A study conducted by doctors from Tehran University, the University of Birmingham in Britain, and other institutions suggests that a multidrug pill of generic drugs may dramatically reduce incidents of heart attacks and strokes. The study, called PolyIran, found that the heart attack rate fell by more than half among rural Iranian villagers who took the multidrug pills, also known as polypills. The results of the study have been published in The Lancet medical journal.
The researchers recruited 6,800 rural villagers aged 50 to 75 in Iran for the study, which was designed 14 years ago. The pill they were given contained a cholesterol-lowering statin, two blood-pressure drugs, and a low-dose aspirin. The participants, along with a control group, also got face-to-face advice and monthly text reminders to maintain healthful practices, such as lose weight, stop smoking, eat healthy food, and exercise. All participants were asked to return their used blister packs of pills.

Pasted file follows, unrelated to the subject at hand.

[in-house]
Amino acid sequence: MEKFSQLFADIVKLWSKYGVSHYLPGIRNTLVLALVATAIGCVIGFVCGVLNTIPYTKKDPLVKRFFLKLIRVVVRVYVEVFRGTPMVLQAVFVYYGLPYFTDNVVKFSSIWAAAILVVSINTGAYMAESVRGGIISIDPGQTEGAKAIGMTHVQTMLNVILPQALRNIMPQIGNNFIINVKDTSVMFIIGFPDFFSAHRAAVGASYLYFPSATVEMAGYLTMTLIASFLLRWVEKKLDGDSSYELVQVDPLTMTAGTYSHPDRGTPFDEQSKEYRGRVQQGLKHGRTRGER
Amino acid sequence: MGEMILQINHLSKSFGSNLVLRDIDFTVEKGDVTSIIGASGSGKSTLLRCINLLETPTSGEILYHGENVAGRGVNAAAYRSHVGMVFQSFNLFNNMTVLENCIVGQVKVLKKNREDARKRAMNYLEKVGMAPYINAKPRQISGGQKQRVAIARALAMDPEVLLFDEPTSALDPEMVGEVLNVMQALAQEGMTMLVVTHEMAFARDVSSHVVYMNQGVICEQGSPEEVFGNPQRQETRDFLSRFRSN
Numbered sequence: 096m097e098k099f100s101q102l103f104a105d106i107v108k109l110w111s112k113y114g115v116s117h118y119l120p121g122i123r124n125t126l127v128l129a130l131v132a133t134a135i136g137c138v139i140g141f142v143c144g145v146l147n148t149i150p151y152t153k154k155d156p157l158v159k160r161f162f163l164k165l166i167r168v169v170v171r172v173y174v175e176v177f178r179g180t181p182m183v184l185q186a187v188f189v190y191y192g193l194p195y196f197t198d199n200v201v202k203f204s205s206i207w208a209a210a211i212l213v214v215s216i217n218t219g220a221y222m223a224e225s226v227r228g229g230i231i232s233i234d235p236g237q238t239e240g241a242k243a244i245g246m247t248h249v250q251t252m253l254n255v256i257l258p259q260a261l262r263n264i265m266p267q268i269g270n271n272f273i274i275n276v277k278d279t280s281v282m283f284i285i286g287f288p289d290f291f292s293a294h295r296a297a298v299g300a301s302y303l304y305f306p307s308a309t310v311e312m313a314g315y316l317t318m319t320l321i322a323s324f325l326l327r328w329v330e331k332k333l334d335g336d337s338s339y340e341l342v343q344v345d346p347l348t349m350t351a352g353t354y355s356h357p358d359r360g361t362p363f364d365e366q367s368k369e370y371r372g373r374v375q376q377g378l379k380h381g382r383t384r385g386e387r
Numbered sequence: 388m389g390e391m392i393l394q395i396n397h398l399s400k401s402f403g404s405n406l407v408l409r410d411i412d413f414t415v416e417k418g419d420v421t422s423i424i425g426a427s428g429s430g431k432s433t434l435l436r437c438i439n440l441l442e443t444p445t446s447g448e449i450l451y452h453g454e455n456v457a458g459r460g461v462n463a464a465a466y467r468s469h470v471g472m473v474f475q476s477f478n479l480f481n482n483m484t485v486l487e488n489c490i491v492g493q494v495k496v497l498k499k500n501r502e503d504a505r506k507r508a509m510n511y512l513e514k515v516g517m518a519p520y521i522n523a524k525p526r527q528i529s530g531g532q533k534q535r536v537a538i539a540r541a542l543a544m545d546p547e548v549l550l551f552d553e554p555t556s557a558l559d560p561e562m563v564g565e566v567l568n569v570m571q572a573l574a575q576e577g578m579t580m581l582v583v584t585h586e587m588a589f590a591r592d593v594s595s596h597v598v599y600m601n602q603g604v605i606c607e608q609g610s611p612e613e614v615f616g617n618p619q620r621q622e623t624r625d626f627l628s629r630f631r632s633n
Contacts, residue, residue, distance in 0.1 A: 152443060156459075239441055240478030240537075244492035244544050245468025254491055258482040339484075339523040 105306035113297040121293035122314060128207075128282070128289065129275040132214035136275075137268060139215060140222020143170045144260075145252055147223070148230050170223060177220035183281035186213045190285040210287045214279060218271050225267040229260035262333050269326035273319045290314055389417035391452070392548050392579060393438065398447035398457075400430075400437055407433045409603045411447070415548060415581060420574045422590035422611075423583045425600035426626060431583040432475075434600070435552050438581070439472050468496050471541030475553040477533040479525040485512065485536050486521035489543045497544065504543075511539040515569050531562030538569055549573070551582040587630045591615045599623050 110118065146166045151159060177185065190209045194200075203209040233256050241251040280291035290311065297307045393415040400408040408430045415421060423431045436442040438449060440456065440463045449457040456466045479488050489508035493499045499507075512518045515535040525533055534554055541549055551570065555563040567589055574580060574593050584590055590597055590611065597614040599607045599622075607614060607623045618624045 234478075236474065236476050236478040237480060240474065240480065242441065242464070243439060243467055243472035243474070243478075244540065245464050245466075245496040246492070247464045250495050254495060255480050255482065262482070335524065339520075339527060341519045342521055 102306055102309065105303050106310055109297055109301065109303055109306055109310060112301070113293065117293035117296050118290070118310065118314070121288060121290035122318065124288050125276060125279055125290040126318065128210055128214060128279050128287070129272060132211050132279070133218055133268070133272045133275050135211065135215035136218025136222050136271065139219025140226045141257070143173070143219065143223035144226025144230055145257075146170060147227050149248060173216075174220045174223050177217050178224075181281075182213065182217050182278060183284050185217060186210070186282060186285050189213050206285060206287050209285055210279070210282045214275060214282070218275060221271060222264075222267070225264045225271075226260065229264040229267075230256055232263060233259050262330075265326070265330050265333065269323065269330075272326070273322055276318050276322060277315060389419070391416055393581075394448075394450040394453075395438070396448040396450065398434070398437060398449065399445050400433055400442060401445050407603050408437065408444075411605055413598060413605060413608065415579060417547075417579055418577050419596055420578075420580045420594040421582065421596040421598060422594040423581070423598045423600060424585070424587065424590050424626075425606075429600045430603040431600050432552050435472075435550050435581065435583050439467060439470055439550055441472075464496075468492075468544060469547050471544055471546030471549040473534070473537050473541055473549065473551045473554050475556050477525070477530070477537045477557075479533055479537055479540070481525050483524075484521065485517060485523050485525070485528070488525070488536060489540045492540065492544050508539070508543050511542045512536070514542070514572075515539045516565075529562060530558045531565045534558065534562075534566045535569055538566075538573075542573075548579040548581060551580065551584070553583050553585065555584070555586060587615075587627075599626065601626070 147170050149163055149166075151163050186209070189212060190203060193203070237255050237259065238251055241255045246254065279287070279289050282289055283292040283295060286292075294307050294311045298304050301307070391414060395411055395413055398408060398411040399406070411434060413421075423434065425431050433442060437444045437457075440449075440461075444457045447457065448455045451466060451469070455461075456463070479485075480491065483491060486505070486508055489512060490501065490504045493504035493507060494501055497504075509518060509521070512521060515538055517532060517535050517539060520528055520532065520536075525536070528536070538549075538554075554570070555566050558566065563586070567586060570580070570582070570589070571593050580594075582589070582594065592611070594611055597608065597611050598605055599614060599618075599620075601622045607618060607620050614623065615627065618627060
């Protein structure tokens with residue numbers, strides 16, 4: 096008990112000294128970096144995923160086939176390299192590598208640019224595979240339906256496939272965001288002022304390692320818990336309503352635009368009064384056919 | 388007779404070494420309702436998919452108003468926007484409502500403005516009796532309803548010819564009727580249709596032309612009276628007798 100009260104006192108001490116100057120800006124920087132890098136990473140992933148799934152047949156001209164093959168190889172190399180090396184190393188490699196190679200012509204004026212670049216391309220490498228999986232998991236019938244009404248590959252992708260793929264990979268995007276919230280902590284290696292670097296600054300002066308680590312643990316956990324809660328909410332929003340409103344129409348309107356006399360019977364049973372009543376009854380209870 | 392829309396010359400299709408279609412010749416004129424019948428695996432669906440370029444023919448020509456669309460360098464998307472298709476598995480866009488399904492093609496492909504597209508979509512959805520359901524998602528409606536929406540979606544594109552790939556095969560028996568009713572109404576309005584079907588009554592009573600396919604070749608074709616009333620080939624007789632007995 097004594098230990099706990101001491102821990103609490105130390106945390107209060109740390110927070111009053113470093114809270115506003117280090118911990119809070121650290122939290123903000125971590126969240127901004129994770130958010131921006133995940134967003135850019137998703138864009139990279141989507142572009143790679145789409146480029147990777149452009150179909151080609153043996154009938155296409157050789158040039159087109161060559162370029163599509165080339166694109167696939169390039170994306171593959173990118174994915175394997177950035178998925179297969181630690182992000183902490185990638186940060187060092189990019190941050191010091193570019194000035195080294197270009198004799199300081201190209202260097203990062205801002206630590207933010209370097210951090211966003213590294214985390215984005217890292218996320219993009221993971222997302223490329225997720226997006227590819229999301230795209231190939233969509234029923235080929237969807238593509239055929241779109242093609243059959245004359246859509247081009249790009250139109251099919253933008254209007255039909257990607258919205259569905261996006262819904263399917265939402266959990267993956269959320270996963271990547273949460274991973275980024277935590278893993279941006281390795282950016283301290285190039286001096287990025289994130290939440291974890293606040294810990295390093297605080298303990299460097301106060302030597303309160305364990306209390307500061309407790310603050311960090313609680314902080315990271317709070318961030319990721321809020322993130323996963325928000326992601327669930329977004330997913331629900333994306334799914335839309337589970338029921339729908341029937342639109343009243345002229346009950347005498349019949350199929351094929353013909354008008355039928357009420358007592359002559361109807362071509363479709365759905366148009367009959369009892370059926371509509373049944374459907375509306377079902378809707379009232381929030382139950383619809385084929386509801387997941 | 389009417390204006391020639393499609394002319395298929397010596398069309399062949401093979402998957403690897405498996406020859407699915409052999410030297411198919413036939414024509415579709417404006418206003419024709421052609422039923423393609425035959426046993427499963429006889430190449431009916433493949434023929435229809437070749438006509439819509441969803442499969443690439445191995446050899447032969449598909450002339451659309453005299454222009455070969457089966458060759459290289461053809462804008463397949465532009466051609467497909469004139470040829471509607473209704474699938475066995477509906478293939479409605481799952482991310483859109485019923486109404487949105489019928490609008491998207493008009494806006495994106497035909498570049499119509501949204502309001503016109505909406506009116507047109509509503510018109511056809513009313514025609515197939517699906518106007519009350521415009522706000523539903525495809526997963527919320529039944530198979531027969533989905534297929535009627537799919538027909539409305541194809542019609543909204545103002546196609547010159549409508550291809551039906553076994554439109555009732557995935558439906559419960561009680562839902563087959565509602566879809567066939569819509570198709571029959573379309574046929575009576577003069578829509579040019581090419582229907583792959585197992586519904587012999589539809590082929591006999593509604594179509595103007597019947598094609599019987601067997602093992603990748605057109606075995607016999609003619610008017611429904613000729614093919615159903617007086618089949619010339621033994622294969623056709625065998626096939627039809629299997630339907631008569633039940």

More than 80 percent of the study participants took most of their pills. The study found that those assigned to take the pills had a third fewer cardiac events over five years than the control group. Those who appeared to have taken at least 70 percent of their pills had 57 percent fewer cardiac events. The rates of serious adverse events were similar in both groups.
The Iran trial was the first study of this type of multidrug pill large and long-lasting enough to measure clinical outcomes. The idea was first proposed 20 years ago but rarely tested by scientists. Advocates have estimated that widespread use of the pills could cut cardiac death rates by 60 to 80 percent.
Rates of heart disease and strokes are soaring in poor and middle-income countries around the world. Roughly 18 million people a year die of cardiovascular disease, and 80 percent of them are in poor and middle-income countries. Rising rates of rates of obesity, diabetes, tobacco use, and sedentary living have been blamed for the trend.